60 years of Biophysics in Britain


The British Biophysical Society (BBS) is 60 years old this year. We are celebrating with the BBS 60th Anniversary Meeting, the inauguration of a new prize (the BBS Kendrew Doctoral Thesis Prize) and this - a brief history of our roots and progress as a learned society.

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The British Biophysical Society (BBS) was formed in 1960 following a report from a Working Party on Biophysics and Biophysical Chemistry initiated by the Council of the then Faraday Society of London. The first full meeting of the Working Party on 4th February, 1960 included DD Eley, LH Gray, AF Huxley, JC Kendrew, CFA Pantin, RD Preston, JT Randall, FJW Roughton and PMB Walker and a new Society eventually called “The British Biophysical Society” was founded: “For the application of physical and chemical concepts to biological systems”.

Preston and Randall Eley Pantin and Gray Kendrew and Roughton Huxley

First Meeting

The Birth of a society

The first meeting of the BBS was held at King’s College (London), organised by Prof JT Randall. The birth of the BBS can be said to date from this inaugural meeting held on 19th and 20th December 1960. The meeting took the form of two symposia on Comparative Studies of Muscular Contraction and on the Structure of Ribonucleic Acid, together with sessions for contributed papers. Minutes of the Steering Committee held on 8th December record that there had already been 183 applications to join the Society and 177 to attend the meeting. By the end of 1960, the membership totaled 224. At the King’s College meeting WT Astbury and AV Hill were elected Honorary members.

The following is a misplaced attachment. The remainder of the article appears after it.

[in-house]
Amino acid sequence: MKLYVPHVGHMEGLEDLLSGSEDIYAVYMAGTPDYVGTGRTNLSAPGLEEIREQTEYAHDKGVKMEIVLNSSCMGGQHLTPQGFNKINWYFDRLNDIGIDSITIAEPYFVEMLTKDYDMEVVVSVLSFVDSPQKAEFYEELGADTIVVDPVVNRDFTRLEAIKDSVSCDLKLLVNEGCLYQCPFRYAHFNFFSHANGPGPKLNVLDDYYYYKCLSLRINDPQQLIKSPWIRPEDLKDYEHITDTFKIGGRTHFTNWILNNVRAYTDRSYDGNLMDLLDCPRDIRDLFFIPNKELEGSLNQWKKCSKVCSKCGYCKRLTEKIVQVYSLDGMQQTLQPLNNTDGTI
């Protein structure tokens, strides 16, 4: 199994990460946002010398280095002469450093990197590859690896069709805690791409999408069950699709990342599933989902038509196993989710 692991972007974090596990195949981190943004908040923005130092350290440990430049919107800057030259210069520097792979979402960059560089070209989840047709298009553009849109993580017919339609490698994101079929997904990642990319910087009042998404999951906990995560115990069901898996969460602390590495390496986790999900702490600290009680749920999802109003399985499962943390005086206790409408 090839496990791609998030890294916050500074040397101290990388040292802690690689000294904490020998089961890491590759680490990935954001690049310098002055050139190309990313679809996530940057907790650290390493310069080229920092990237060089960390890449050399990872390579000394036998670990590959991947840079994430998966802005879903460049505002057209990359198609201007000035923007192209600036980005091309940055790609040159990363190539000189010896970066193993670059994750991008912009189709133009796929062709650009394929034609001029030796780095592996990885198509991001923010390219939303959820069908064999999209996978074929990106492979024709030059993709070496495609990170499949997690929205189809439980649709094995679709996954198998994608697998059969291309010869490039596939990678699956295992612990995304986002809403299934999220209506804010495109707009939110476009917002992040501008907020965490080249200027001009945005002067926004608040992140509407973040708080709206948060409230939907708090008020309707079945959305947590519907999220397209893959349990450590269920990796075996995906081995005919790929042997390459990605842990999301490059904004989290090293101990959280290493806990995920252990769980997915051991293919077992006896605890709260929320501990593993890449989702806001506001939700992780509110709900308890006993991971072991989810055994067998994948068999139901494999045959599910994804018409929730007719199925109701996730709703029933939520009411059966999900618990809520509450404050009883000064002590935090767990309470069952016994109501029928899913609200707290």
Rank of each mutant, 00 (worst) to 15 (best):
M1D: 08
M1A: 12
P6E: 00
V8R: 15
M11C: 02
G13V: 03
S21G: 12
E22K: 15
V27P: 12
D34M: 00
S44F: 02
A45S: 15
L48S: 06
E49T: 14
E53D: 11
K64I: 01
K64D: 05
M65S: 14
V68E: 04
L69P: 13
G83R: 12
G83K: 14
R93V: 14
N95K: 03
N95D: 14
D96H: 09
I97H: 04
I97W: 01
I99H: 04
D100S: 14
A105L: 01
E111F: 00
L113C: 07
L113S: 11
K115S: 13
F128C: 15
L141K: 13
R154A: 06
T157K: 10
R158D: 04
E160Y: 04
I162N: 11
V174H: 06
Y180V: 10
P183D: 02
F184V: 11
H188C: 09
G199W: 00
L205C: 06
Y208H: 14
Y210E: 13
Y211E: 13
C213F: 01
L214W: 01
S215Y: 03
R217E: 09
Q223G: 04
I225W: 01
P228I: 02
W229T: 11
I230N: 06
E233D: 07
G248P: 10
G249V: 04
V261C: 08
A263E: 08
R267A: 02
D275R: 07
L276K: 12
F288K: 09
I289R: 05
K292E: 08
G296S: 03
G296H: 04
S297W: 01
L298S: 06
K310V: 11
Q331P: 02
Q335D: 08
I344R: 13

Astbury and Hill

Early Years


The first official meeting of the new BBS Committee was held on 21st February 1962 at King’s College London, with Dr JC Kendrew as the first Honorary Secretary, Prof DD Eley as Meetings Secretary, and Dr PBM Walker as Honorary Treasurer. The Committee elected Prof JT Randall as its first Chairman. Other committee members were S Brenner, JAV Butler, AF Huxley, RD Keynes, RD Preston, JWS Pringle, FJW Roughton and JT Weiss. It is clear from this roll call of committee members, in the early 1960s, that the British Biophysical Society embraced a wide range of topics in Biology. The first major scientific meeting of the BBS was held at the Royal Institution, London on 12th-13th December 1961 (on The Structure of Globular Proteins and the Function of Proteins) and a report on proceedings authored by Professor H Gutfreund (one of the Society’s founder members), appeared in the journal Nature in February 1962.

Brenner and Butler Keynes and Pringle meeting

The BBS Today

A National Society in a Global Setting

Today, the BBS has about 500 members, and its committee meets three times a year, organising and sponsoring both specialist meetings and a more general meeting biennially, in the years that the European Biophysical Societies’ Association (EBSA) does not have its congress.

BBS also supports travel bursaries for younger scientists and is the adhering society to the International Union for Pure and Applied Biophysics (IUPAB) and of EBSA, which Peter Bayley (former editor of the European Biophysics Journal, succeeded by Tony Watts (2000- 2015) and then Rob Gilbert) was a founding member. Tony North was General Secretary of IUPAB for about 12 years, and a founding and long-standing member of BBS, missing its first meeting only through being on sabbatical in the USA. In 2007, BBS was the national society organising the 6th EBSA/BBS congress at Imperial College, London, with Mike Ferenzci (then at Imperial College, London) as the local organiser and Tony Watts (University of Oxford) as scientific chair, attracting over 1350 participants and about 800 posters.